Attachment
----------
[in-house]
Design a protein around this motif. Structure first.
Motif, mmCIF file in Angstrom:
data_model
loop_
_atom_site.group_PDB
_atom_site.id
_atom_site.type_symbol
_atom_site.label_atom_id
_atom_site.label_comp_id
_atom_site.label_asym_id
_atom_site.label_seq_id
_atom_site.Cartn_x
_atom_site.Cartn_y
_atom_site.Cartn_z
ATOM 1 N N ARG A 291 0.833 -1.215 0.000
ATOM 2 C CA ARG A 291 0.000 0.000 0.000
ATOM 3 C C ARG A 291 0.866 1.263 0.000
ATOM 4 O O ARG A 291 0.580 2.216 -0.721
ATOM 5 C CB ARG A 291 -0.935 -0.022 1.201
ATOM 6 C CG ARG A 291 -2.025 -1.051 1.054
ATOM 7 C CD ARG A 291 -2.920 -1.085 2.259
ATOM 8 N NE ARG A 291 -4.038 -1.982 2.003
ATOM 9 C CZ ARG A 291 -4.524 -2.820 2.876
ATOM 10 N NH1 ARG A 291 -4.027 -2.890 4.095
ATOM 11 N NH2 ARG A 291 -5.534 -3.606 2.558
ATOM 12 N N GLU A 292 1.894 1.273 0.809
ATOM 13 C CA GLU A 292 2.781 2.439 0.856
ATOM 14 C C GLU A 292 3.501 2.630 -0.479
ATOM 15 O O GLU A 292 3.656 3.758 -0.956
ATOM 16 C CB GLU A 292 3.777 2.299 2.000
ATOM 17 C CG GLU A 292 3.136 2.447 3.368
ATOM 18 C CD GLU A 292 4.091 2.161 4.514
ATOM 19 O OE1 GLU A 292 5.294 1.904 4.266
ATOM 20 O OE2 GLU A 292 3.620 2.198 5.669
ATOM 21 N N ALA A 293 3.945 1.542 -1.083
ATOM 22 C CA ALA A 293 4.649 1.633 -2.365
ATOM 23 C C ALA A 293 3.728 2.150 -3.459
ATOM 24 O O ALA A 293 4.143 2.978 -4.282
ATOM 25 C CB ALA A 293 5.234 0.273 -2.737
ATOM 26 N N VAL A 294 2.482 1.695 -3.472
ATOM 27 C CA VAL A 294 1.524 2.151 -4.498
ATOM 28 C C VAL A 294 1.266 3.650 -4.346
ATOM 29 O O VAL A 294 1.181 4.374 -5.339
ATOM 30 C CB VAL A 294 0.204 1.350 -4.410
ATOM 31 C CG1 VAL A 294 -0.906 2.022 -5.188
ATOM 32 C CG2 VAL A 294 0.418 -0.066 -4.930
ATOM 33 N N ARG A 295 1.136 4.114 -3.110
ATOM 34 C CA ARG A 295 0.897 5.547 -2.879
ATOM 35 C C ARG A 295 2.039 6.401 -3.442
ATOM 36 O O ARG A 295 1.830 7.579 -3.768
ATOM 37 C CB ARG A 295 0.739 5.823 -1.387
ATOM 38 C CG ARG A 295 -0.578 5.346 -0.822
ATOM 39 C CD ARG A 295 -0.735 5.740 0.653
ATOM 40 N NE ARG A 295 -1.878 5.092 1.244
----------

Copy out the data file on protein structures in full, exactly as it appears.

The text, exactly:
[in-house]
Design a protein around this motif. Structure first.
Motif, mmCIF file in Angstrom:
data_model
loop_
_atom_site.group_PDB
_atom_site.id
_atom_site.type_symbol
_atom_site.label_atom_id
_atom_site.label_comp_id
_atom_site.label_asym_id
_atom_site.label_seq_id
_atom_site.Cartn_x
_atom_site.Cartn_y
_atom_site.Cartn_z
ATOM 1 N N ARG A 291 0.833 -1.215 0.000
ATOM 2 C CA ARG A 291 0.000 0.000 0.000
ATOM 3 C C ARG A 291 0.866 1.263 0.000
ATOM 4 O O ARG A 291 0.580 2.216 -0.721
ATOM 5 C CB ARG A 291 -0.935 -0.022 1.201
ATOM 6 C CG ARG A 291 -2.025 -1.051 1.054
ATOM 7 C CD ARG A 291 -2.920 -1.085 2.259
ATOM 8 N NE ARG A 291 -4.038 -1.982 2.003
ATOM 9 C CZ ARG A 291 -4.524 -2.820 2.876
ATOM 10 N NH1 ARG A 291 -4.027 -2.890 4.095
ATOM 11 N NH2 ARG A 291 -5.534 -3.606 2.558
ATOM 12 N N GLU A 292 1.894 1.273 0.809
ATOM 13 C CA GLU A 292 2.781 2.439 0.856
ATOM 14 C C GLU A 292 3.501 2.630 -0.479
ATOM 15 O O GLU A 292 3.656 3.758 -0.956
ATOM 16 C CB GLU A 292 3.777 2.299 2.000
ATOM 17 C CG GLU A 292 3.136 2.447 3.368
ATOM 18 C CD GLU A 292 4.091 2.161 4.514
ATOM 19 O OE1 GLU A 292 5.294 1.904 4.266
ATOM 20 O OE2 GLU A 292 3.620 2.198 5.669
ATOM 21 N N ALA A 293 3.945 1.542 -1.083
ATOM 22 C CA ALA A 293 4.649 1.633 -2.365
ATOM 23 C C ALA A 293 3.728 2.150 -3.459
ATOM 24 O O ALA A 293 4.143 2.978 -4.282
ATOM 25 C CB ALA A 293 5.234 0.273 -2.737
ATOM 26 N N VAL A 294 2.482 1.695 -3.472
ATOM 27 C CA VAL A 294 1.524 2.151 -4.498
ATOM 28 C C VAL A 294 1.266 3.650 -4.346
ATOM 29 O O VAL A 294 1.181 4.374 -5.339
ATOM 30 C CB VAL A 294 0.204 1.350 -4.410
ATOM 31 C CG1 VAL A 294 -0.906 2.022 -5.188
ATOM 32 C CG2 VAL A 294 0.418 -0.066 -4.930
ATOM 33 N N ARG A 295 1.136 4.114 -3.110
ATOM 34 C CA ARG A 295 0.897 5.547 -2.879
ATOM 35 C C ARG A 295 2.039 6.401 -3.442
ATOM 36 O O ARG A 295 1.830 7.579 -3.768
ATOM 37 C CB ARG A 295 0.739 5.823 -1.387
ATOM 38 C CG ARG A 295 -0.578 5.346 -0.822
ATOM 39 C CD ARG A 295 -0.735 5.740 0.653
ATOM 40 N NE ARG A 295 -1.878 5.092 1.244